Leading Geeks | Paul Glen

Summary of: Leading Geeks: How to Manage and Lead the People Who Deliver Technology: How to Manage and Lead People Who Deliver Technology
By: Paul Glen


Dive into the world of ‘Leading Geeks’ by Paul Glen, which offers invaluable insights into managing and leading invaluable technology-oriented employees more commonly known as ‘geeks’. Explore the distinct and unconventional characteristics of geeks along with why they prove to be an indispensable addition to modern companies. Understand the importance of creating a tripartite relationship between leaders, geeks, and their abstract and technical work. Walkthrough the challenges these unique individuals face within organizations and learn the key leadership responsibilities that can create a harmonious working relationship.

Managing Geeks

Geeks are specialists in technology who play a critical role in a company’s innovation. However, they can be challenging to lead and manage due to their distinct personalities and independent minds. Unlike other employees, geeks require guidance and overall strategy to direct their creativity instead of being controlled with power. Geek leadership is different, and geeks’ behavior plays a minor role in successful geekwork. As a leader, understanding the unique characteristics of geeks is vital for effective management.

Leading Geeks

The book emphasizes the need for a tripartite relationship between leaders, geeks, and geekwork within organizations. Conventionally, leadership is viewed as a relationship between two parties, but the creative, abstract, and technical nature of geekwork demands a unique dynamic. The key to leading geeks is to provide internal facilitation and external representation, and focus on harmonizing content and context. A leader’s job is to nurture motivation and manage task, structural, and environmental ambiguity. Geeks deliver technological innovation and are crucial to a company’s future. They function best when they understand the organization’s mission, vision, and values, and see their roles in the organization. Therefore, the leader must encourage geeks to make sense of their workplace so they can focus more freely on handling the company’s technical demands.

Understanding Geeks

Geeks are a unique group of people with distinct personalities, attitudes, and values. They have a passion for reason and problem-solving and are highly curious and love puzzles. Although they may lack social skills, they are loyal to their profession, and fairness is crucial to them. They have a different outlook on work and are drawn to rebel against the ordinary rules, procedures, and routines. They also prefer communicating in a direct, blunt, and even insensitive way. Working in teams, maintaining democracy, or peer recognition is vital to them. As a leader, focus on what needs to be accomplished and let geeks work their way towards it.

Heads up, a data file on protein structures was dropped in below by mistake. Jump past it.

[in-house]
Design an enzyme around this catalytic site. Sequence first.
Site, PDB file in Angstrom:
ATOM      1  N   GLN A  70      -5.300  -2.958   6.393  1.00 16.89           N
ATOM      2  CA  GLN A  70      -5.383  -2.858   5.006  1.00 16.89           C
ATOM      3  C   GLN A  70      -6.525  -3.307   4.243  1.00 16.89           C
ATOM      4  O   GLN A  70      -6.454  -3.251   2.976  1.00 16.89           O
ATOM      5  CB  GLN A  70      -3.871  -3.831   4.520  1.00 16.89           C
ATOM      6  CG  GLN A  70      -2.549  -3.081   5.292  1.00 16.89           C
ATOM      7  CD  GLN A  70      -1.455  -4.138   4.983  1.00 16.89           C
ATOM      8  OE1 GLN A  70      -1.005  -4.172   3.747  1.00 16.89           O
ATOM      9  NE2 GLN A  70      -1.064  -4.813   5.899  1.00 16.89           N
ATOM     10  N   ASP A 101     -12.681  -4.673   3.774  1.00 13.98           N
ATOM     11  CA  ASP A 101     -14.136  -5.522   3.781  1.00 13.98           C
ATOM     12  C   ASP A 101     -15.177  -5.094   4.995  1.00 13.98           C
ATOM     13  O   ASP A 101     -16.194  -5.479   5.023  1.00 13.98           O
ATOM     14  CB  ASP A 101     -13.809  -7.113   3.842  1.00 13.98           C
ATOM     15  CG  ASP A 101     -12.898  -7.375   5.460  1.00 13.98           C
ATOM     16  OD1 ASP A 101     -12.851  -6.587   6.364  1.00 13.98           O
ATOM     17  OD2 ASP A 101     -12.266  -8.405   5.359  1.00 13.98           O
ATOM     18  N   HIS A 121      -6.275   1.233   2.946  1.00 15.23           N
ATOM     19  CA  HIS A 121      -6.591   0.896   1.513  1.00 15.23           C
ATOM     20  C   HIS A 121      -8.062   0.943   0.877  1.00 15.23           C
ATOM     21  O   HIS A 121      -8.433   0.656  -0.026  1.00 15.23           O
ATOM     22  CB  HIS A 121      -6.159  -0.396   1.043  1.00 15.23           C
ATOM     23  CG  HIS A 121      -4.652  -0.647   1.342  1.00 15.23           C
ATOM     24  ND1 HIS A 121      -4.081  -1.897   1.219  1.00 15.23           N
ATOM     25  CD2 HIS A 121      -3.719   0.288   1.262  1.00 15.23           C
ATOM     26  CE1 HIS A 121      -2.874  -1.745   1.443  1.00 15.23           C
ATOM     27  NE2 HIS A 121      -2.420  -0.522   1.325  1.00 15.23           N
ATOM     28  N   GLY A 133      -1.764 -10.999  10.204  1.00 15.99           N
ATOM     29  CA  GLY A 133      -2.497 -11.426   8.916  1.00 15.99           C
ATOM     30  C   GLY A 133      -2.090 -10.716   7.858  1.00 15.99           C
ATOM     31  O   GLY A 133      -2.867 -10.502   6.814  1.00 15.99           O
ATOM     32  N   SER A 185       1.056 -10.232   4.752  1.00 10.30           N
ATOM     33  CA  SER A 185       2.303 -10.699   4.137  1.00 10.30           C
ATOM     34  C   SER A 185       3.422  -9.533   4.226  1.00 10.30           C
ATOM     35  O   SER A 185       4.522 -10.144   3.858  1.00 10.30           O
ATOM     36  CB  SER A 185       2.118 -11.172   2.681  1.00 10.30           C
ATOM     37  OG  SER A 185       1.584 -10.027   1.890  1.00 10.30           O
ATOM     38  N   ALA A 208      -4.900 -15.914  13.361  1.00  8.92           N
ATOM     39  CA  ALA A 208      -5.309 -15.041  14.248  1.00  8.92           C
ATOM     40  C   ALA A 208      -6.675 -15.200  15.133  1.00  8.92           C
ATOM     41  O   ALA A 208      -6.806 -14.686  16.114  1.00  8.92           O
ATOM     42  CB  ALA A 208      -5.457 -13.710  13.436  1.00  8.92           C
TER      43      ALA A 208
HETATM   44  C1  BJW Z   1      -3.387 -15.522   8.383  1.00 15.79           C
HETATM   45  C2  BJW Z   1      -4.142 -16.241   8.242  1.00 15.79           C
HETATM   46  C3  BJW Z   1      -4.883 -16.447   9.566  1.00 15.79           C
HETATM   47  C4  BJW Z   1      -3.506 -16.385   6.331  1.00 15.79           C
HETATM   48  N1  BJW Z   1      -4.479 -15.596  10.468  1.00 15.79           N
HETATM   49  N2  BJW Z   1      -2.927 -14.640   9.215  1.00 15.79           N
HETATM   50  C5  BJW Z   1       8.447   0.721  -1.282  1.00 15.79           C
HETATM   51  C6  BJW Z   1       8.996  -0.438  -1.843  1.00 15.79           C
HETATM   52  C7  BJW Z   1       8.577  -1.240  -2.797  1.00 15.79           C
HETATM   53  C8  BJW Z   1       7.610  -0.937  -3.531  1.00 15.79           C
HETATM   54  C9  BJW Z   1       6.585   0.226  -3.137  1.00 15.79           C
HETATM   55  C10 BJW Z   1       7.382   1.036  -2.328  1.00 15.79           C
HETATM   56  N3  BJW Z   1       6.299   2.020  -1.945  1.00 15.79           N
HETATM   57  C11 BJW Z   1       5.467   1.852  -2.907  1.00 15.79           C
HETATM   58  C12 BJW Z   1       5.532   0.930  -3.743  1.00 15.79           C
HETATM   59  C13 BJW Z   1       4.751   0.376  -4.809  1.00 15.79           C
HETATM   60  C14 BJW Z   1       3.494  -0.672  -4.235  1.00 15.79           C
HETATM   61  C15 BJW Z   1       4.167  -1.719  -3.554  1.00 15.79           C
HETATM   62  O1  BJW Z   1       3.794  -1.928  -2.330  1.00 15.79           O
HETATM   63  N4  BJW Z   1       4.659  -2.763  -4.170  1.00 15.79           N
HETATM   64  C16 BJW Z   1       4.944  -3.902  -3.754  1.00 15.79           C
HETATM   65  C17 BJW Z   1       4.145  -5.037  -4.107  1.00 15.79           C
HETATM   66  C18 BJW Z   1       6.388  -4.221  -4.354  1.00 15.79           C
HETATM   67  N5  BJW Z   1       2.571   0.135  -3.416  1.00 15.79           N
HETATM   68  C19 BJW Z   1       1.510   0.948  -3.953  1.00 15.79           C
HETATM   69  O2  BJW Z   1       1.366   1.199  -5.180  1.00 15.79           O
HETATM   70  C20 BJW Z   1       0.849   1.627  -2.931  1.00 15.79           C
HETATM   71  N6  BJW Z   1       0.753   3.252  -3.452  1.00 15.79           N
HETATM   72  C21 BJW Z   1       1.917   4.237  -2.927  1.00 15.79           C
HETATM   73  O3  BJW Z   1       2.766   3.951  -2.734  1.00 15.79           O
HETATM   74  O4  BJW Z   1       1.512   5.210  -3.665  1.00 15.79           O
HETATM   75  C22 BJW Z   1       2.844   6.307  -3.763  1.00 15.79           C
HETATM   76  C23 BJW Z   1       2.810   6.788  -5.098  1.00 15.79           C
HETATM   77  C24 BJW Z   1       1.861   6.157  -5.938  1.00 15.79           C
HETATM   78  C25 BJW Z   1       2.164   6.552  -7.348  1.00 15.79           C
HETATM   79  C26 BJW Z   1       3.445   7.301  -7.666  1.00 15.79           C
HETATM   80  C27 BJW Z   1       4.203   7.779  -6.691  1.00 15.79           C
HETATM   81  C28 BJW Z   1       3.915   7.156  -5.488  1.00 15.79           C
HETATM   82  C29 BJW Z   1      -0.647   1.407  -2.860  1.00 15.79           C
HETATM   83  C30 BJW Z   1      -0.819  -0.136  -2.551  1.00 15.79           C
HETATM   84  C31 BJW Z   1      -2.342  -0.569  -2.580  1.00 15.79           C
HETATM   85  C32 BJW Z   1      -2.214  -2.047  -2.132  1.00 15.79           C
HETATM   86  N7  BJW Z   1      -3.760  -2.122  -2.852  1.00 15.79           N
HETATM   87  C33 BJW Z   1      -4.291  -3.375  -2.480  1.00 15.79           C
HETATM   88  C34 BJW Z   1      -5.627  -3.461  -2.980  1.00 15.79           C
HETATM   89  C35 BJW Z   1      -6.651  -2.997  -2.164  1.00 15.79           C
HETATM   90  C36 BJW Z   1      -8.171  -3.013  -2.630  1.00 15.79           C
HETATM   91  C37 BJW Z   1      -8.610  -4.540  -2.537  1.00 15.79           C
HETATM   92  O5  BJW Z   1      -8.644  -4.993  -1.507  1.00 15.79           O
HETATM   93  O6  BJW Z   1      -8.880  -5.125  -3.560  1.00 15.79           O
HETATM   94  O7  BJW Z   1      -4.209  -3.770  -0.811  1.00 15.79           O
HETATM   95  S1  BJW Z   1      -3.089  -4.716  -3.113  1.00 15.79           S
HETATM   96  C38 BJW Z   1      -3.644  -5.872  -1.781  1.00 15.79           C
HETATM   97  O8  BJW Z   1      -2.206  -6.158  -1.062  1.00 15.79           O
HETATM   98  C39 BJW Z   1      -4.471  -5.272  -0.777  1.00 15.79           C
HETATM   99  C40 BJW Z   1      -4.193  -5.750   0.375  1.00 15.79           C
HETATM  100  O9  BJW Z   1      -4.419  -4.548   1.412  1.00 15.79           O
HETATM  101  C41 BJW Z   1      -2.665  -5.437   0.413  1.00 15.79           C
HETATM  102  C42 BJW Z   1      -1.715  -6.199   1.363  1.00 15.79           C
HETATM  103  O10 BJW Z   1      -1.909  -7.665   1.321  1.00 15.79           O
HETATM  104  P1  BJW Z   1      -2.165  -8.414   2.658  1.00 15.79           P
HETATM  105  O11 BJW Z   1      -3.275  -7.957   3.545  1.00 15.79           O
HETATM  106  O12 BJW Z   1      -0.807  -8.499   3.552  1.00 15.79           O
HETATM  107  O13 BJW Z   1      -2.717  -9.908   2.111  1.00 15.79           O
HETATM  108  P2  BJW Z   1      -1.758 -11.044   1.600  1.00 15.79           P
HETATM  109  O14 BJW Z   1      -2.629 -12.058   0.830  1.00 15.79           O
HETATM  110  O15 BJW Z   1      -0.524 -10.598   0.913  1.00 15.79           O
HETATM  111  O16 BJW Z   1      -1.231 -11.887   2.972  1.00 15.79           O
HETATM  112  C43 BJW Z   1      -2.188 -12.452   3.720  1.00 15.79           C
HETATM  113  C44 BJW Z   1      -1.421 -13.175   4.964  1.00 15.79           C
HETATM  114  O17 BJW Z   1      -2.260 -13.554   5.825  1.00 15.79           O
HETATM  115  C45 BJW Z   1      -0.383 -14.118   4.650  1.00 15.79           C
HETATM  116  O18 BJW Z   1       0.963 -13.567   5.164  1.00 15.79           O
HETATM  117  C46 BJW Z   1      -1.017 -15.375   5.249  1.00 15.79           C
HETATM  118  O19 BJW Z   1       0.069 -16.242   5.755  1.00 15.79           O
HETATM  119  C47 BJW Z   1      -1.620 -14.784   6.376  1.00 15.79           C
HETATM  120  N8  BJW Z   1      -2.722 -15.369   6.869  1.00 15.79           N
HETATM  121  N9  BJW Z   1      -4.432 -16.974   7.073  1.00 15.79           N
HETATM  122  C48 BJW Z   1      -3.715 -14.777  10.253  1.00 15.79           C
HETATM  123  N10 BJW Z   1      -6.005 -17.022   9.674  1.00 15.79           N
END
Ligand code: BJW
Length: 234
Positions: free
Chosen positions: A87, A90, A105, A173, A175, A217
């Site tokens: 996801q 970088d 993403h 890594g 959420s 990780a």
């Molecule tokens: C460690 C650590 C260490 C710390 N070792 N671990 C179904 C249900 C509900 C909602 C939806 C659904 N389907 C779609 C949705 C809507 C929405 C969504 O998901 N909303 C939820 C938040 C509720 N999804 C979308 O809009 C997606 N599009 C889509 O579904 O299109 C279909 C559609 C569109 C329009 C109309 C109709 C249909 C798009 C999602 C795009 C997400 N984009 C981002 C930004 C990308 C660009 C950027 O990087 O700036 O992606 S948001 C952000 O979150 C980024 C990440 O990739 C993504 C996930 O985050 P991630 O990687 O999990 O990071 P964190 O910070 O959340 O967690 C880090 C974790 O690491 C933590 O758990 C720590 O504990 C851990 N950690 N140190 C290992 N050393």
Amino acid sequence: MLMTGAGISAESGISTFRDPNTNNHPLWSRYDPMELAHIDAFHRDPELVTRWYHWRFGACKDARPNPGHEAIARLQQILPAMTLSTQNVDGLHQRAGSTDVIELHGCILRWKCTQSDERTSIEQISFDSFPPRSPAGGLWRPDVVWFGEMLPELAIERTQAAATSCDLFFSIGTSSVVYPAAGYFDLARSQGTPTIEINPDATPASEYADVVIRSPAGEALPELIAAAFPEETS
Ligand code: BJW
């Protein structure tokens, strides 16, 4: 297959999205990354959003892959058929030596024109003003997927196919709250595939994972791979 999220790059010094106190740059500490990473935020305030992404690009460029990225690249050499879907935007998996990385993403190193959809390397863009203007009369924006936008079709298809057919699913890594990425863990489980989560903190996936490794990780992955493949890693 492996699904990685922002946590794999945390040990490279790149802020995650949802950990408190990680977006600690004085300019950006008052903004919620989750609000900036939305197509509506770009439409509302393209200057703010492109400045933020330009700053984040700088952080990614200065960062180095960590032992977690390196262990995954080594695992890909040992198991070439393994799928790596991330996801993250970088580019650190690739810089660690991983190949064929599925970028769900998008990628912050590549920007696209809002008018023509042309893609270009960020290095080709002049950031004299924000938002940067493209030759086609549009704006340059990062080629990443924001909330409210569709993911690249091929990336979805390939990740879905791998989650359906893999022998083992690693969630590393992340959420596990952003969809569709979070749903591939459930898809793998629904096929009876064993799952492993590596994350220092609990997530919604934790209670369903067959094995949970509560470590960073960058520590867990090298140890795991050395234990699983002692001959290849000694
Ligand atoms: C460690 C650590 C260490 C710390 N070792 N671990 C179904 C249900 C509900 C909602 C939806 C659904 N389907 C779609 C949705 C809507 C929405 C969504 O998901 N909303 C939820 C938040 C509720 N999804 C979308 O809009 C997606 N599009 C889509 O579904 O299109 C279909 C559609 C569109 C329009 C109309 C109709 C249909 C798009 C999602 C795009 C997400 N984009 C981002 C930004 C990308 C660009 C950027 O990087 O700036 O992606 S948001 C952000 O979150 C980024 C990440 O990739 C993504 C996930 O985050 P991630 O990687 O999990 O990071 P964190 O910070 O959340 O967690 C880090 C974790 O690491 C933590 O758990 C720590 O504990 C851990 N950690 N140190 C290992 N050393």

Geeks have a unique set of personalities and values that differentiate them from the rest of the crowd. They have an intense passion for reason, which paradoxically is based on emotions. They embrace rationality to know, be certain, and be right. Problem-solving is second nature to them, and they tend to use the problem-solution model to organize any event. It is not a surprise that geeks love puzzles and are highly curious. These qualities stem from their love for intellectual activities, creativity, and logic.

Most geeks achieved early success in their life, which means they may lack some social skills that others learn over time. However, their head start provides them with a childlike outlook, making them curious and playful. Unfortunately, this can also make them insensitive, condescending, and lacking in self-awareness. They have an unusual approach to communication, where they tend to express things in a direct and even insensitive way. They tend to confuse facts and opinions and are highly judgmental, which can lead to interpersonal conflicts.

Geeks’ primary loyalty is to technology and their profession rather than any company, and they want to feel fairly compensated. The way geeks work is unique and different from ordinary work. They are drawn to values and images that rebel against the usual organizational policies and structures. Geeks dislike decisions imposed from above, preferring instead to have a group of technical leaders who influence others based on meritocracy.

Being introverts, many geeks prefer working alone or on tasks or problems that one person can handle. Working in teams, maintaining democracy, or receiving peer recognition is crucial to them. They tend to be ambivalent about joining groups but enjoy being part of project teams where they can learn from each other, work on complex problems, and gain peer recognition.

As a leader, your primary focus should be on what needs to be accomplished and not on governing how geeks work. Their approach is unique, and being micromanaged may impede the success of the project. Therefore, it’s essential to understand geeks, their values, personalities, and attitudes, and allow them to work their way towards the end goal.

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